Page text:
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Posts Tagged Picatinny
By Eric Kowal, Picatinny Arsenal Public Affairs
PICATINNY ARSENAL, N.J. — Army engineers have developed an advanced system to train aircraft crews to protect aircraft and crewmembers against threats such as shoulder-fired, surface-to-air missiles.
Since the Vietnam War, such anti-aircraft missiles, especially those known as man portable anti aircraft missiles or MANPADS, have played a critical role in the shooting down military aircraft and their crews.
In order to enable aircraft and crews to survive these missile threats, the U.S. military has developed and deployed a continuously improving suite of aircraft survivability equipment , or ASE assets, that include electronic jammers, lasers and counter-measure flares.
These ASE assets have proven to be very effective at decoying or destroying these threat MANPADS, said James Wejsa, chief of the Pyrotechnic Technology and Prototyping Division of the U. S. Army Armament Research, Development and Engineering Center at Picatinny Arsenal, New Jersey.
However, there has been no significant development and deployment of any realistic improvements in aircraft MANPAD threat training. That is about to change, as Army researchers complete the new system called Man-Portable Aircraft Survivability Trainer. Picatinny engineers said the system is entering the production and fielding support phase.
“This is a realistic training system that we are very excited to be a part of developing and fielding for use in training our aviators,” Wejsa said. “These MANPAD threats are real and very deadly to combat and combat support aircraft if not properly protected.”
ABERDEEN PROVING GROUND, Md. — The U.S. Army is nearing completion on a project to eliminate its dependency on foreign countries for a critical energetic component in artillery and mortar ammunition, officials said.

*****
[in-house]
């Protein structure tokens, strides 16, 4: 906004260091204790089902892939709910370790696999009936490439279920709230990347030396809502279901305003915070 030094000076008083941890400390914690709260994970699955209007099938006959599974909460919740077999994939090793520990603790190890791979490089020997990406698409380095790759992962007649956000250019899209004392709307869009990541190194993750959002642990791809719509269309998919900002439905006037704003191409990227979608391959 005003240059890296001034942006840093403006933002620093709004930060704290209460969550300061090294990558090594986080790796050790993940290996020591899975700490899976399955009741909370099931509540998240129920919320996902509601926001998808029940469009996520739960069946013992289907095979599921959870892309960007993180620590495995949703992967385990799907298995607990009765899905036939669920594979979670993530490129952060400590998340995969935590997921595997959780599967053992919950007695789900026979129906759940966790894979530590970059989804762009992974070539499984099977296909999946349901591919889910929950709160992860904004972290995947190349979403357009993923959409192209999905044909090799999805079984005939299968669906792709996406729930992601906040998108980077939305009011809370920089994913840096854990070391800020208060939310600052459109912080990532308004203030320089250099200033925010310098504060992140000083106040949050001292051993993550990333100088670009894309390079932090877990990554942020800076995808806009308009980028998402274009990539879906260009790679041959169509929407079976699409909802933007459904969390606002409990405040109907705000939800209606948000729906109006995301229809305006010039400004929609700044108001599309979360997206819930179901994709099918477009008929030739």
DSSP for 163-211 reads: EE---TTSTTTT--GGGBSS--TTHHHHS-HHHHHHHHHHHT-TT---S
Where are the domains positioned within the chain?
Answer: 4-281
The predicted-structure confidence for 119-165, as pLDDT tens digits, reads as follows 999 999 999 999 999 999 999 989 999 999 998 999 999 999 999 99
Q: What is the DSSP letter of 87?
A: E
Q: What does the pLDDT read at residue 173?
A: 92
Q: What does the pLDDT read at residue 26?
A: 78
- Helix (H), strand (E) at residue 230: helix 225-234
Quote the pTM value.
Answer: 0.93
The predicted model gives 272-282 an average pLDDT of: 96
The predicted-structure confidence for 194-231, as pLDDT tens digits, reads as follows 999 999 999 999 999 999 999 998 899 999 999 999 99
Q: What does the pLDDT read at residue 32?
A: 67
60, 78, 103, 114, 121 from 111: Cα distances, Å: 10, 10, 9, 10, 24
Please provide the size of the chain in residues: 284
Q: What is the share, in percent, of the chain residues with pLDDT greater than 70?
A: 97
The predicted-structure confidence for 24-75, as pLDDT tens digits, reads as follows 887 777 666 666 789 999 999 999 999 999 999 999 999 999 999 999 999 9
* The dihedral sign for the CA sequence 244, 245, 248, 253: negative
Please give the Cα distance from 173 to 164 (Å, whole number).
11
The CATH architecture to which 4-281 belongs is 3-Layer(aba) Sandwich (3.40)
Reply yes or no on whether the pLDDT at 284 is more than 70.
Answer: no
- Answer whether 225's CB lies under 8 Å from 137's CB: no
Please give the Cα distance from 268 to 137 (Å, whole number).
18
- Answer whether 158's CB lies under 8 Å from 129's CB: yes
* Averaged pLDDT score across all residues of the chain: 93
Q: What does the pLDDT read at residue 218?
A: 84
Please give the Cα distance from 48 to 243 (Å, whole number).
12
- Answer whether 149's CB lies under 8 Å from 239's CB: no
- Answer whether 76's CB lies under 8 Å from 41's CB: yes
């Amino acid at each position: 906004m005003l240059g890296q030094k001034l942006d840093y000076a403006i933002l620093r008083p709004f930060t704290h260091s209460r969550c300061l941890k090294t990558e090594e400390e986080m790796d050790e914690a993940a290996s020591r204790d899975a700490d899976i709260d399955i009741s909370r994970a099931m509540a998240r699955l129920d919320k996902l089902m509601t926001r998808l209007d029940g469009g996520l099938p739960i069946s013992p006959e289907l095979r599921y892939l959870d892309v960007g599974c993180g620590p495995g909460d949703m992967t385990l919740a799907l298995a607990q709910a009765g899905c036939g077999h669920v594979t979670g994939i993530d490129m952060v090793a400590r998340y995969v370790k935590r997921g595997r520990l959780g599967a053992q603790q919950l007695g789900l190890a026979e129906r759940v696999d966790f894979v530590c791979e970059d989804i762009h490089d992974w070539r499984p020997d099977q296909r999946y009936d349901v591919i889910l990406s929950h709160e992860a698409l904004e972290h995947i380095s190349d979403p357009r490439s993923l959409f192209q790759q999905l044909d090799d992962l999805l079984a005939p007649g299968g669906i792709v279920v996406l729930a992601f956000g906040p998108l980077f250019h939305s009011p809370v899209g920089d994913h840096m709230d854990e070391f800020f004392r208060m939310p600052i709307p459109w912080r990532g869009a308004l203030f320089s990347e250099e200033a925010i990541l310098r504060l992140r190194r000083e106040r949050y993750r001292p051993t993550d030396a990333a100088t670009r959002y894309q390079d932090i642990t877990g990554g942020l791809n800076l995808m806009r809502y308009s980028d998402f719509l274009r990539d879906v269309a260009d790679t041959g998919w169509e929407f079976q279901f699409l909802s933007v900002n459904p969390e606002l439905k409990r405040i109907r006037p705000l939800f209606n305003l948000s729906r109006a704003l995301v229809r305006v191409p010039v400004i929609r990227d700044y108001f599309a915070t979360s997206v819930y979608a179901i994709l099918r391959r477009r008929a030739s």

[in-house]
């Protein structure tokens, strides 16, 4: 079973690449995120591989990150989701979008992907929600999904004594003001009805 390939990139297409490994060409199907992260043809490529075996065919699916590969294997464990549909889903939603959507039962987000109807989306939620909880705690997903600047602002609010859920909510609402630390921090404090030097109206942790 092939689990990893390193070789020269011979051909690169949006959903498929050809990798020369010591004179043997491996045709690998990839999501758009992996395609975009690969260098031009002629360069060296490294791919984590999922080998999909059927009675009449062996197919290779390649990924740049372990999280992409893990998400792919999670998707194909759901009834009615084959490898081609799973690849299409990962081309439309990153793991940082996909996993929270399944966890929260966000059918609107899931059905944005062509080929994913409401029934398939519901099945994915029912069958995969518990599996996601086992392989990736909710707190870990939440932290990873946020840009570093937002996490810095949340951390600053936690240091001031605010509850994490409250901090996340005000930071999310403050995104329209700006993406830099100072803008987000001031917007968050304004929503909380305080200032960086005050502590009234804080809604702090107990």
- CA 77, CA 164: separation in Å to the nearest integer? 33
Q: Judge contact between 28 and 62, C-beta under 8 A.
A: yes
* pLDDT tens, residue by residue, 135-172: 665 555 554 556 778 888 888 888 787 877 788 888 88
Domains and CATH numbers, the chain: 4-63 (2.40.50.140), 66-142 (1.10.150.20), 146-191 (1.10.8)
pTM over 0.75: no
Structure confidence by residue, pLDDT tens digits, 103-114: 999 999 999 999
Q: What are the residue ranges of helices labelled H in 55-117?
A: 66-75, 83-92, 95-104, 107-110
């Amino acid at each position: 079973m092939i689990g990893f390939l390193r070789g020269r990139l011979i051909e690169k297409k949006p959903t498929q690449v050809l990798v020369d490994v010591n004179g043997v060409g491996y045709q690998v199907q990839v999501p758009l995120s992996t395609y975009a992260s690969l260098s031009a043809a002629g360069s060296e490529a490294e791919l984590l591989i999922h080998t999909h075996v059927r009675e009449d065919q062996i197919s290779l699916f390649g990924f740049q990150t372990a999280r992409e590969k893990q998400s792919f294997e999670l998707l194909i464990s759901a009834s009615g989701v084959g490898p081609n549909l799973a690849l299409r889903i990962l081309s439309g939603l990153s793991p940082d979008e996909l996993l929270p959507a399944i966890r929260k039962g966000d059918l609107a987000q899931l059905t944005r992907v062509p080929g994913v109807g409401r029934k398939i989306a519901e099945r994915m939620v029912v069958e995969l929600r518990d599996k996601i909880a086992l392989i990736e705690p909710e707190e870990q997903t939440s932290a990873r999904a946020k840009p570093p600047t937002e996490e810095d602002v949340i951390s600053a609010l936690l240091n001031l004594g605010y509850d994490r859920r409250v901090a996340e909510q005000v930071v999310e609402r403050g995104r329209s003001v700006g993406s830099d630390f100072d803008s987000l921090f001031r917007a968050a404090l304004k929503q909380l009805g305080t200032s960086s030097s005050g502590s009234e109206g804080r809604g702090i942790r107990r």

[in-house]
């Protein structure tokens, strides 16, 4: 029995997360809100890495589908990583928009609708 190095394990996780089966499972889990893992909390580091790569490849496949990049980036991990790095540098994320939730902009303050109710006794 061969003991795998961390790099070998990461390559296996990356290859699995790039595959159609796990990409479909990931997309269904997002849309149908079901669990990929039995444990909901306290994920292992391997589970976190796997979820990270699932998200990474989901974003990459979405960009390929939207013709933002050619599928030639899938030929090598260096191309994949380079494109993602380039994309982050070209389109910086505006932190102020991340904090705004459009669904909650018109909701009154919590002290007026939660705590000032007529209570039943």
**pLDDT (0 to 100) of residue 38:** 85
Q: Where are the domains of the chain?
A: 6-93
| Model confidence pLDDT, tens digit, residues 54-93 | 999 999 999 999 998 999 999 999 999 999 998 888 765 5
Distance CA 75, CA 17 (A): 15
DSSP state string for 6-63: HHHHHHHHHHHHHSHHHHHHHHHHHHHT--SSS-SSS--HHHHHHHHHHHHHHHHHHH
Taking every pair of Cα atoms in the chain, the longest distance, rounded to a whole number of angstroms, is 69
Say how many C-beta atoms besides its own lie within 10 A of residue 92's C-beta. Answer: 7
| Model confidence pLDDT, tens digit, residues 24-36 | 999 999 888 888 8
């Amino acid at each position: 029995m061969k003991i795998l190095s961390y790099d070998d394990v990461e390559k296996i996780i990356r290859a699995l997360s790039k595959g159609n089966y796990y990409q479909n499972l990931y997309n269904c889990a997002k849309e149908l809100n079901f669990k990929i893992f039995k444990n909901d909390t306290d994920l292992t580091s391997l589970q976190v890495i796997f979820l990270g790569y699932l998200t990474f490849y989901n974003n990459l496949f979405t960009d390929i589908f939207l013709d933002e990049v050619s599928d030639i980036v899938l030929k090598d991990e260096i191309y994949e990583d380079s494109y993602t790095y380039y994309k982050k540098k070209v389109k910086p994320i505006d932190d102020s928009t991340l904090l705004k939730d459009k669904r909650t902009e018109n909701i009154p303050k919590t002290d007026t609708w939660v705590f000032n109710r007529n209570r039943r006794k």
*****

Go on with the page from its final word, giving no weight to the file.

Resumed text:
Because of changes in the global cotton industry, the United States no longer has a domestic source of quality raw material for manufacturing nitrocellulose for combustible cartridge cases that are used extensively by the military. A domestic source is necessary to ensure a sufficient supply of quality cartridge cases, which is vital to maintaining readiness of the armed forces, according to Army experts.
PICATINNY ARSENAL, N.J. (Sept. 26, 2013) — Secretary of the Army John McHugh was at the Picatinny Arsenal Thursday, to assess the effect of sequestration on the installation’s efforts in research, development, acquisition and lifecycle management of weapon systems and ammunition.
“This is a unique facility with a critically important mission; there really is no other government or industry counterpart to Picatinny,” McHugh said, underscoring the arsenal’s contribution to national security. “The workforce possesses knowledge and expertise that increases the lethality of the joint services warfighter.”
Picatinny Arsenal was designated the Joint Center of Excellence for Guns and Ammunition, providing products and services to all branches of the U.S. military.
PICATINNY ARSENAL, N.J. (September 25, 2013) — As the power and popularity of mobile devices grows, so does the desire for faster data processing without consuming much power.
The HyperX computer chip technology, under development by researchers at Picatinny Arsenal holds the promise to deliver that goal for both commercial and military users.
The small, HyperX chip was intentionally designed to meet high volume, low power processing requirements.
PICATINNY ARSENAL, N.J. (September 18, 2013) — When preparing to face a more talented opponent, coaches tell their players that the path to victory is pulling together as a team to somehow obtain more than a sum of each player’s talents.